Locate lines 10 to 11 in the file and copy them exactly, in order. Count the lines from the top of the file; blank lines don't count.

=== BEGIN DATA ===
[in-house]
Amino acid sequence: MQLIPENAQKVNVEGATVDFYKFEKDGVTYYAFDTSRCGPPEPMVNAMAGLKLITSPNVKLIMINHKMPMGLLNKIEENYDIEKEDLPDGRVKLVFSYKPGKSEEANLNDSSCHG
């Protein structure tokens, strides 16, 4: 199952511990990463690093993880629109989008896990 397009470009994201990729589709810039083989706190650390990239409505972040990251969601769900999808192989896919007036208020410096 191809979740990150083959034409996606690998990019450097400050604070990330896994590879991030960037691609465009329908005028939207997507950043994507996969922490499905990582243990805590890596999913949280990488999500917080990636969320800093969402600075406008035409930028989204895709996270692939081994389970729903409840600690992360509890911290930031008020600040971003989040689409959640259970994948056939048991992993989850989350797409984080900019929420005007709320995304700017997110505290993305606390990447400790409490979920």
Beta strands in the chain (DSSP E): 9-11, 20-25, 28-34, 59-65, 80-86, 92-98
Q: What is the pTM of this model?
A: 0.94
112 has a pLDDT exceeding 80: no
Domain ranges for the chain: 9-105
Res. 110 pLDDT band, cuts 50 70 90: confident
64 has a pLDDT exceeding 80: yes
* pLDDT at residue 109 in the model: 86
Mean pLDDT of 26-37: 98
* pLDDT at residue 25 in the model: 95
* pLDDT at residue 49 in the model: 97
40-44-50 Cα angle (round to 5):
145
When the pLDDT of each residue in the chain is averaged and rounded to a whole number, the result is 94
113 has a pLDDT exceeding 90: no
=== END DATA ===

64 has a pLDDT exceeding 80: yes
* pLDDT at residue 109 in the model: 86